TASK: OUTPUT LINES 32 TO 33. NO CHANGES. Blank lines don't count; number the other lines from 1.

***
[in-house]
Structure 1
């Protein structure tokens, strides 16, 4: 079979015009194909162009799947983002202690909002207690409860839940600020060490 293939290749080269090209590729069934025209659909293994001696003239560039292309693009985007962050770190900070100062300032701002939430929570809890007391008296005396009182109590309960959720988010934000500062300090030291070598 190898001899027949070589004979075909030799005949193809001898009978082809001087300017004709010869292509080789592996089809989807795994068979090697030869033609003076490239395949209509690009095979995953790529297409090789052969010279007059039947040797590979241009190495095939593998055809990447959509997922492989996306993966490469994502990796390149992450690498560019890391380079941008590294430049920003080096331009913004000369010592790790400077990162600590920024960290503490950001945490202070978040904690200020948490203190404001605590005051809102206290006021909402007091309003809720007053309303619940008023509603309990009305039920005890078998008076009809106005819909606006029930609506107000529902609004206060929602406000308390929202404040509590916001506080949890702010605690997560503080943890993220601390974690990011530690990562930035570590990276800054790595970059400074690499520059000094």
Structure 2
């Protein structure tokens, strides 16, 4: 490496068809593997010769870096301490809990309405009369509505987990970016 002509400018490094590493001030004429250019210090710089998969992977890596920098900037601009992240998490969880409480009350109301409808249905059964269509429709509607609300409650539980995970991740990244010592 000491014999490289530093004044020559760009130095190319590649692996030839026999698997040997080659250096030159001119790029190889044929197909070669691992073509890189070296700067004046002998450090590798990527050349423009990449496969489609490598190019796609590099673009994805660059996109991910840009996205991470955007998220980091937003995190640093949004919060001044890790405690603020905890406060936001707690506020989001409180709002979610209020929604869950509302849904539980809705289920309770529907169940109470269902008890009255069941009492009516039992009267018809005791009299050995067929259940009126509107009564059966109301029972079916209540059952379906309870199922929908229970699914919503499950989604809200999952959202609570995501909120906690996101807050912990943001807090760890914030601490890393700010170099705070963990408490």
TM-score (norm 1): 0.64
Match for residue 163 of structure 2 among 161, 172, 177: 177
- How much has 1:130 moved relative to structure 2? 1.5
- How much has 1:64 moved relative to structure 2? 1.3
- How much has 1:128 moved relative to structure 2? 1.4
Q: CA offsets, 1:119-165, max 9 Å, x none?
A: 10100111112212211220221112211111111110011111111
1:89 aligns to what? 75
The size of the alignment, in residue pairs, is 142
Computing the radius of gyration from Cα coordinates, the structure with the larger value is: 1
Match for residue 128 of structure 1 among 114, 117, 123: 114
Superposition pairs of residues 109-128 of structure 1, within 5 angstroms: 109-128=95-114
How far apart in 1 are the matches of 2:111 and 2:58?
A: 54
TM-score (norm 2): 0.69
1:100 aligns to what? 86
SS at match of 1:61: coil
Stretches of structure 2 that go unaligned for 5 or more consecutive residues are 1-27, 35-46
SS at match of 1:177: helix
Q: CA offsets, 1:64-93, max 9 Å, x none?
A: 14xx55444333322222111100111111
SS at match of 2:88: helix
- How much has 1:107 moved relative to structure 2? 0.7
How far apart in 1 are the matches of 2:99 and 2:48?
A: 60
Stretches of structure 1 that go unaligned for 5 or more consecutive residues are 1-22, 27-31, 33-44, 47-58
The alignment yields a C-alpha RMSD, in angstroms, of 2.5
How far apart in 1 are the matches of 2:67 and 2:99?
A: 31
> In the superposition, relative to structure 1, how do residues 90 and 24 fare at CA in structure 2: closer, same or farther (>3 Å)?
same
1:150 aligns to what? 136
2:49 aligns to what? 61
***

The alignment yields a C-alpha RMSD, in angstroms, of 2.5
How far apart in 1 are the matches of 2:67 and 2:99?